Written by Microsoft IT Showcase
Microsoft IT (MSIT) currently uses mostly conventional on-premises products, but is moving rapidly to a mixed-use environment in which it utilizes some combination of on-premises software, software as a service (such as Microsoft® Exchange Online), and Windows Azure products. Microsoft developed the Windows Azure platform as a foundation for developing applications that run in the cloud. Approximately 20 million businesses and more than a billion people use Microsoft cloud services, which are the products, services, and customer experiences that Microsoft offers through hosted and online services. The Windows Azure platform provides a group of cloud technologies, each providing a specific service set for application developers, and both applications running in the cloud and on local systems can use it. MSIT’s cloud-services strategy is consistent and highly complementary with the Microsoft on-premises offerings. Rather than an all-or-nothing approach, MSIT (and Microsoft customers) can leverage new cloud technologies and existing capabilities. MSIT estimates that by moving applications to Windows Azure, an enterprise can save between 35 and 40 percent of overall addressable expenditures for support; application development and maintenance; and hardware, hosting, and software licenses. MSIT has a three-prong approach to developing applications in Windows Azure:
When an organization moves existing applications to Windows Azure,it is important to remember that it:
On and Off
Typically includes seasonal or time-bounded workloads that have processing requirements only during certain periods.
Includes predictable bursts of activity during certain days of the week or times of the year.
Typically includes unpredictable events that trigger heavy usage requirements. Therefore, the enterprise must scale design considerations to predict.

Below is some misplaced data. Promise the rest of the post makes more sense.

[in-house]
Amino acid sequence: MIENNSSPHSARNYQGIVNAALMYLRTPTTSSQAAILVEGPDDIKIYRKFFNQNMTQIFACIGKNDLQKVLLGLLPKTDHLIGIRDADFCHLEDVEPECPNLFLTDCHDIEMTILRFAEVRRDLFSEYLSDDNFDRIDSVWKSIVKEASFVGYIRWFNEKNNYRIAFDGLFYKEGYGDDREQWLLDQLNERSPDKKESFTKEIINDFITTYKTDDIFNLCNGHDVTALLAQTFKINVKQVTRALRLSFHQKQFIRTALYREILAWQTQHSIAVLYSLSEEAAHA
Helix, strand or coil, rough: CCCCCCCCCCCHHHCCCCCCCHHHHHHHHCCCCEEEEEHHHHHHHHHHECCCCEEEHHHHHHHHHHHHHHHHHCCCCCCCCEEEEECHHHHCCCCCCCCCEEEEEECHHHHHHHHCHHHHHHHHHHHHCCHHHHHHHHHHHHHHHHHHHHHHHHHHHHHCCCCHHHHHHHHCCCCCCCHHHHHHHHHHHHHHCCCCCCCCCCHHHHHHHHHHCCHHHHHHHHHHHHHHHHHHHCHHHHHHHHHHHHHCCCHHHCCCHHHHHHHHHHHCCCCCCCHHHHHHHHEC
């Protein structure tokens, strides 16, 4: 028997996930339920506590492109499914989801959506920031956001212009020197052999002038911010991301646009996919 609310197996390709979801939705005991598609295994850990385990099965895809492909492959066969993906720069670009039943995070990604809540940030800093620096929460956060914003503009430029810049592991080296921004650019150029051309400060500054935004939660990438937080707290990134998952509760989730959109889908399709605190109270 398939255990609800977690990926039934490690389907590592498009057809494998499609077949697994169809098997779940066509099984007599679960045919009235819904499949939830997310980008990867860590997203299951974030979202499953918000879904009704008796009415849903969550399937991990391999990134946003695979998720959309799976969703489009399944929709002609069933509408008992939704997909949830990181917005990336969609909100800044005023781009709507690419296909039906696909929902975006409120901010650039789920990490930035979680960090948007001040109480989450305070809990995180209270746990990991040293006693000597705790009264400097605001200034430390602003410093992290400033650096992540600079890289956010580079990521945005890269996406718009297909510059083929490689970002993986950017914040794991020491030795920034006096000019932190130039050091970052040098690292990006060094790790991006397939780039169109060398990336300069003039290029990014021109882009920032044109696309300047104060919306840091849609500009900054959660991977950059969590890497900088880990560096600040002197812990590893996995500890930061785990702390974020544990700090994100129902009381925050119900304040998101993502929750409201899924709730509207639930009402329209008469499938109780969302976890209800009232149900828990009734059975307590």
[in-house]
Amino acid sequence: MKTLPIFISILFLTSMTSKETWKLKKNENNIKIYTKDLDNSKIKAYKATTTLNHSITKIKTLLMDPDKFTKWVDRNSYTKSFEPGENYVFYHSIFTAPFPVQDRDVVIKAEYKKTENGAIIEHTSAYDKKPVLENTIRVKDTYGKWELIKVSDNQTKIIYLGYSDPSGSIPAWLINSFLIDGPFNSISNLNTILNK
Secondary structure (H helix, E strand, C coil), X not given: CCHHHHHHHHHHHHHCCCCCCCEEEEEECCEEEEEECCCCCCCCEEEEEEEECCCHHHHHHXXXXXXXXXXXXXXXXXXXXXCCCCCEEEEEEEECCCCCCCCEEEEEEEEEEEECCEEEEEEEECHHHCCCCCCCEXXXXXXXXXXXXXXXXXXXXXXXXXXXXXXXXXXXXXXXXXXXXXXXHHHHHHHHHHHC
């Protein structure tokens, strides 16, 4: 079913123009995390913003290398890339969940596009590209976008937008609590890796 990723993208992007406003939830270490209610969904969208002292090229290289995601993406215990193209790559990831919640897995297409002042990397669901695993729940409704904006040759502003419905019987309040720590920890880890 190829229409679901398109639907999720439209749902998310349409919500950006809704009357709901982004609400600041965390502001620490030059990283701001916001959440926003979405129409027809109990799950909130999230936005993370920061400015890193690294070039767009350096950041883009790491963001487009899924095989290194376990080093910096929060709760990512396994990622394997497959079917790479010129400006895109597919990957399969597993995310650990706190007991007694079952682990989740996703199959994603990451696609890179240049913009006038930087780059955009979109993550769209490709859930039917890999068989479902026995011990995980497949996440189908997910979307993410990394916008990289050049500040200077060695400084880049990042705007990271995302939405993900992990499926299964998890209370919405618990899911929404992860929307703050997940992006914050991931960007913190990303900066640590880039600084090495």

Typically associated with new development, and in particular, with startups or specific groups in larger companies.
The Auction Tool is a component of the Microsoft Annual Giving Campaign. The tool experienced very high spikiness (Predictable Bursting workflow pattern). Usage was low for most of the month, and then inadequate for the last-day spike, as 20 percent of all bids were made on last day. This left many bidders unable to contribute because the Auction Tool was unavailable due to heavy last-day usage. This roject had three sets of Internet Information Services (IIS) and Microsoft SQL Server® virtual machines.
Auction Tool Results
Lessons Learned from Moving and Using the Auction Tool Learning curve for development was relatively small, because the Windows Azure development tools are similar to the current Visual Studio development environments.
The Video Showcase site on Microsoft.com provides access to more than 8,000 marketing videos. Personnel used the previous on-premises solution to manage the site’s comments and ratings, filter profanity and spam, and perform site moderation. However, there were problems with scalability, maintenance costs, upgrades, performance, and availability.
SXP Lessons Learned
To learn more about how Microsoft IT established and implemented segmentation and Azure migration strategies across its application portfolio watch the video -How Microsoft IT Built Application Segmentation and Migration Strategies for the Cloud.
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